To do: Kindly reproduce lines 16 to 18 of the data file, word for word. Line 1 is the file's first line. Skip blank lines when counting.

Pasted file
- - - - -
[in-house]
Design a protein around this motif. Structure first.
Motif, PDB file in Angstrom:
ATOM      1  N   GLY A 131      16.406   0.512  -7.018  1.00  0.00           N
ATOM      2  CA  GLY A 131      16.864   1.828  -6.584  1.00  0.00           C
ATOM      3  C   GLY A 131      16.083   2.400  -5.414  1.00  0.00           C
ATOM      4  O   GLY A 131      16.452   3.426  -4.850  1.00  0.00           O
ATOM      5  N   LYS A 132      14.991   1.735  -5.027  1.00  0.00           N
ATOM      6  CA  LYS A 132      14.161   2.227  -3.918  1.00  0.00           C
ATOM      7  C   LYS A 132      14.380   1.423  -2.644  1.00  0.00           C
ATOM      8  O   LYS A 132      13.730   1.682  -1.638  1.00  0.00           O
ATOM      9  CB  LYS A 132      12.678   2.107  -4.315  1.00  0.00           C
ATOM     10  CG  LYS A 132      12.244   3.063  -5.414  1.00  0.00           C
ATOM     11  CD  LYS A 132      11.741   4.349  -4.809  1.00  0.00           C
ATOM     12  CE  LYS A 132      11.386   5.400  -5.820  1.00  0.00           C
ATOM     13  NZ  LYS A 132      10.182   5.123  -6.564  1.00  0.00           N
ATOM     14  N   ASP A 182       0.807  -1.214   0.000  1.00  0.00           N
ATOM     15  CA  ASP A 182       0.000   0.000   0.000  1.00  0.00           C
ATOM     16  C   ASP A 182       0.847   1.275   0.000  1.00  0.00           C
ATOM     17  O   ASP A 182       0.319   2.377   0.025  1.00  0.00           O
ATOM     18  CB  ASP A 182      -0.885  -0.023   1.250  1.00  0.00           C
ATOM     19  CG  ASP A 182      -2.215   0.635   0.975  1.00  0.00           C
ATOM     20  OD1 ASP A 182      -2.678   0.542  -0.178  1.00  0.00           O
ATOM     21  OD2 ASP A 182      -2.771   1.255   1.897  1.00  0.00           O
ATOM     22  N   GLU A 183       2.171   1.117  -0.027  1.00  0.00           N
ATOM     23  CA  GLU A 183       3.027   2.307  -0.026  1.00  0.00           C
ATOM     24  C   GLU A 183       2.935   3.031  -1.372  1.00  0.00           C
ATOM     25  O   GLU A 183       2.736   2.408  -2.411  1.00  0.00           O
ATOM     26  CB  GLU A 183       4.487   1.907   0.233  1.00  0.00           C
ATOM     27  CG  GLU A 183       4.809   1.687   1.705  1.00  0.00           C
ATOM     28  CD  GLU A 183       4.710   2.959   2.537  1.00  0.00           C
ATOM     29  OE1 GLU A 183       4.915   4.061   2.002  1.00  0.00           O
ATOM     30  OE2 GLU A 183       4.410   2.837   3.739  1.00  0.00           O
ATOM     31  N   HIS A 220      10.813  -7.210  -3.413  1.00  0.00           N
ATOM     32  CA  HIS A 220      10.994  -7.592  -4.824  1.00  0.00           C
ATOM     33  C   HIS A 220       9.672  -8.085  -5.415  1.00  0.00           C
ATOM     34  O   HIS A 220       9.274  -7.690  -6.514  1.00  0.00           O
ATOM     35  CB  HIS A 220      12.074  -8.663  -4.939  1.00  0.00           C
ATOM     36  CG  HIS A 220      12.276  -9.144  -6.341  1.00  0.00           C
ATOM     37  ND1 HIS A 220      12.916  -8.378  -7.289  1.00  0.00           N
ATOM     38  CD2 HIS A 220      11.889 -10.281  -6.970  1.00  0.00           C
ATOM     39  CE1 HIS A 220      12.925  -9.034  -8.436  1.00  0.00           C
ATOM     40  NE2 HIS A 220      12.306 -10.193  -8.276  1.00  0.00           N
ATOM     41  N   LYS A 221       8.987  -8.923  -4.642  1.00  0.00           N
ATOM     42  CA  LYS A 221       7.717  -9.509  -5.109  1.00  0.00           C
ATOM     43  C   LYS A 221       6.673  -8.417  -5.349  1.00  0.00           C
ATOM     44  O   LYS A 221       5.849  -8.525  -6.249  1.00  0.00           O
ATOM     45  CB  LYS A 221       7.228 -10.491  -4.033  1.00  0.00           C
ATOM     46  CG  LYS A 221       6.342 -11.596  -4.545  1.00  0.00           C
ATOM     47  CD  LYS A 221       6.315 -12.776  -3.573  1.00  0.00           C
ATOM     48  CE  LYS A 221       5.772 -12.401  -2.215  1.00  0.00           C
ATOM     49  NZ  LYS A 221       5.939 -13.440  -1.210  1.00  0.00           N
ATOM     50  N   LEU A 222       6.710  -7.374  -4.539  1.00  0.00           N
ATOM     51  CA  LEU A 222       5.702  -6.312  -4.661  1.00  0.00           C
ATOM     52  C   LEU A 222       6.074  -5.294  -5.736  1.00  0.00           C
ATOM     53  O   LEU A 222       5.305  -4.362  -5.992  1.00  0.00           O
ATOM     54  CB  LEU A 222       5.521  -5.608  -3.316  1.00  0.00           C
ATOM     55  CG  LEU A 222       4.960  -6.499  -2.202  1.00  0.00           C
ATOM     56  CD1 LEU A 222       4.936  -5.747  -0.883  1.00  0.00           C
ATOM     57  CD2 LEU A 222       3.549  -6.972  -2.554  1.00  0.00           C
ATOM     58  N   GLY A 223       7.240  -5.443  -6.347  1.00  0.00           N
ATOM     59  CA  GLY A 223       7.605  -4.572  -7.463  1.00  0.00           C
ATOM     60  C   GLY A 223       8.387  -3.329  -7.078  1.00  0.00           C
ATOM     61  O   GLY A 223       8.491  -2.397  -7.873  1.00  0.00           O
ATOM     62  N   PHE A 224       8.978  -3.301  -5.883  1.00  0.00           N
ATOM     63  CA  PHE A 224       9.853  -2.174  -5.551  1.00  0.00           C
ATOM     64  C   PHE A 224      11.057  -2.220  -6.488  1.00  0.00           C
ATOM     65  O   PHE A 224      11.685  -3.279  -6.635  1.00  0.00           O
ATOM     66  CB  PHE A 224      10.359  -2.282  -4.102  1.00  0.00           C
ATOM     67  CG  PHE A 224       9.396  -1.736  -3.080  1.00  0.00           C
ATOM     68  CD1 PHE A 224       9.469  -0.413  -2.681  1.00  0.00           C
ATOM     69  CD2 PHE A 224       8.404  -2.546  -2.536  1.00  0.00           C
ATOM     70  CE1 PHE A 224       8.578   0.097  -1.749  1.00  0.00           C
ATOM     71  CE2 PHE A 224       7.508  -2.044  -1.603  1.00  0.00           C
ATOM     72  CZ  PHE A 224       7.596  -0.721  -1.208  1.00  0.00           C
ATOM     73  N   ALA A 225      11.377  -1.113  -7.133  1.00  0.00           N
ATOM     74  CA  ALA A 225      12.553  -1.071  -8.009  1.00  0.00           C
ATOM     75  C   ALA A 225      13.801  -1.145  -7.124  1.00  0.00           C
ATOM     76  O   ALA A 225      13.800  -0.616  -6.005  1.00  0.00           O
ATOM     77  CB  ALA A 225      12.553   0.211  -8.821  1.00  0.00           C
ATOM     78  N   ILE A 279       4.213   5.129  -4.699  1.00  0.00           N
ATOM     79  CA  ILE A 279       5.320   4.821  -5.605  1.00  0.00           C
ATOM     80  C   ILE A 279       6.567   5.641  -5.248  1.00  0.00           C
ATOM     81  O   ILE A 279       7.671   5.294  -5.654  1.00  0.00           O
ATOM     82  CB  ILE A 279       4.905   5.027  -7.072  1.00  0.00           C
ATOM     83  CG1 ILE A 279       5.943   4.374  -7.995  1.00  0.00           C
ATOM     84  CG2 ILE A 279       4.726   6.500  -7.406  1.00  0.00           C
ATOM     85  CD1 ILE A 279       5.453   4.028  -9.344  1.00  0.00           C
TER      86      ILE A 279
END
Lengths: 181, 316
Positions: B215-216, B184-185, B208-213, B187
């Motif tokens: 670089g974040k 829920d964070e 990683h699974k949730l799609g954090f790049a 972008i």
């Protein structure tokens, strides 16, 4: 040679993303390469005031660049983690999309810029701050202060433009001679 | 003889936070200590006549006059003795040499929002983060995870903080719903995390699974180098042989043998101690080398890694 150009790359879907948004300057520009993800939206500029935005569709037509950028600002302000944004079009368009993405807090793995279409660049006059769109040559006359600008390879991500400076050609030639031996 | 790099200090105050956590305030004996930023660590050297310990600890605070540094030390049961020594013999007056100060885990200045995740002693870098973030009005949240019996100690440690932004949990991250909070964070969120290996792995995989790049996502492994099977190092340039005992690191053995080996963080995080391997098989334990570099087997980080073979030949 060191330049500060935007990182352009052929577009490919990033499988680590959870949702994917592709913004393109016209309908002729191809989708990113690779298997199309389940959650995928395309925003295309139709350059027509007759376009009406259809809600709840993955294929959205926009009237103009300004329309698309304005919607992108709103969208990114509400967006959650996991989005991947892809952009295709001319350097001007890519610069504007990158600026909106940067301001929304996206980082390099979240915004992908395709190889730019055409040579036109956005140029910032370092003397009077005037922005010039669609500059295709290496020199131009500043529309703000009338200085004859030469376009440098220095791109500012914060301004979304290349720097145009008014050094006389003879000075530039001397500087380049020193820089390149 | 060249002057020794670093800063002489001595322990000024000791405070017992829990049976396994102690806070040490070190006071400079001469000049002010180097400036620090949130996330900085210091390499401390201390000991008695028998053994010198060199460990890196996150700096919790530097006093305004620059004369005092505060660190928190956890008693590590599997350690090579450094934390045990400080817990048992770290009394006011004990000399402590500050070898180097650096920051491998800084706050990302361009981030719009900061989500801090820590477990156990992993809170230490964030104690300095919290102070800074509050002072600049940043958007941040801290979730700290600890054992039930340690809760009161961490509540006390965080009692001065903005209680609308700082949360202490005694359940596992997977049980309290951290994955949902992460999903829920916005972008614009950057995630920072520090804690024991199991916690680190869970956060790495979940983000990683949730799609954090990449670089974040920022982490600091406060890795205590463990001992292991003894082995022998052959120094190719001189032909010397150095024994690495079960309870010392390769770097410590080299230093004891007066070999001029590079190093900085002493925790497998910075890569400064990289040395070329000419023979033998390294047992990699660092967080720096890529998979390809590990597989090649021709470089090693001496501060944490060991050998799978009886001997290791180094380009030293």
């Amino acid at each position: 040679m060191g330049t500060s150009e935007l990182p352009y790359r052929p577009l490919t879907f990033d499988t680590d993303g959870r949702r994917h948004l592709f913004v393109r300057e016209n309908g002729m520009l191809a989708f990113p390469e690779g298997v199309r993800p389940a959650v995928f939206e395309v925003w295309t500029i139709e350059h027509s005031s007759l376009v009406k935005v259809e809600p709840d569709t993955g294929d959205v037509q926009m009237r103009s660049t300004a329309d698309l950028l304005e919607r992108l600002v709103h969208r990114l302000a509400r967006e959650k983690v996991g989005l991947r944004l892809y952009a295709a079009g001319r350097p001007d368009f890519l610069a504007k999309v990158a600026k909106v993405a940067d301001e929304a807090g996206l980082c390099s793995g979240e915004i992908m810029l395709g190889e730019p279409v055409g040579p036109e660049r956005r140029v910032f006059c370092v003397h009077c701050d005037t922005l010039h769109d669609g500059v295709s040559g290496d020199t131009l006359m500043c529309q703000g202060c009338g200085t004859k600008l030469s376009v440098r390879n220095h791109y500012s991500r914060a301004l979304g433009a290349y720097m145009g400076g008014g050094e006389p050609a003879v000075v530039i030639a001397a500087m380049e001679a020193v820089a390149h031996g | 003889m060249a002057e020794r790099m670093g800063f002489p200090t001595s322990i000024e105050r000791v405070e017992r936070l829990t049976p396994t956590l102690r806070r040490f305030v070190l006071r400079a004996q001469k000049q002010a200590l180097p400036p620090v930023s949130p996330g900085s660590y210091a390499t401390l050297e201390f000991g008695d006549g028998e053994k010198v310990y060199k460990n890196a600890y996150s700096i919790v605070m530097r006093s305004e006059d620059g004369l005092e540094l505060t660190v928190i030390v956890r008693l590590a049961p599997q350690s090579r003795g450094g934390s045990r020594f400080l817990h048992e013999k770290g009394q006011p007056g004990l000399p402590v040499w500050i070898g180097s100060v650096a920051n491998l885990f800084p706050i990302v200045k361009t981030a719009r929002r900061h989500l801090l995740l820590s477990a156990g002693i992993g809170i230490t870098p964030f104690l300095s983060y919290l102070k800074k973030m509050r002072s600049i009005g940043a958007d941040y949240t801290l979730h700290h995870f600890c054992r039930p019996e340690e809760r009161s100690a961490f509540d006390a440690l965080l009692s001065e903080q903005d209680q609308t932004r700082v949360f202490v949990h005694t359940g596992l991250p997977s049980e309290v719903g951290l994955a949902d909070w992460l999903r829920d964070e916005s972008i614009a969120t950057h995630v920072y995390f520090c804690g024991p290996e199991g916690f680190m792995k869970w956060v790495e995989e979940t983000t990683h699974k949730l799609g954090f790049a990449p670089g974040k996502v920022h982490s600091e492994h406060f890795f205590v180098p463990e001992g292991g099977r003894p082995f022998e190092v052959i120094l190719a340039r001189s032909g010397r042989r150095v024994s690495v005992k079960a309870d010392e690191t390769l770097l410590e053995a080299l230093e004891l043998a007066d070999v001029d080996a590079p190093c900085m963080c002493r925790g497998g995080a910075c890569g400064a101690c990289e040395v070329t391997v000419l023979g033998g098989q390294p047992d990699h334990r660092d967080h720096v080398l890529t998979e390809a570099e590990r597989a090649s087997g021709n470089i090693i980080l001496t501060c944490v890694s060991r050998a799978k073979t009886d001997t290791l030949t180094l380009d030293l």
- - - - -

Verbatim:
ATOM     13  NZ  LYS A 132      10.182   5.123  -6.564  1.00  0.00           N
ATOM     14  N   ASP A 182       0.807  -1.214   0.000  1.00  0.00           N
ATOM     15  CA  ASP A 182       0.000   0.000   0.000  1.00  0.00           C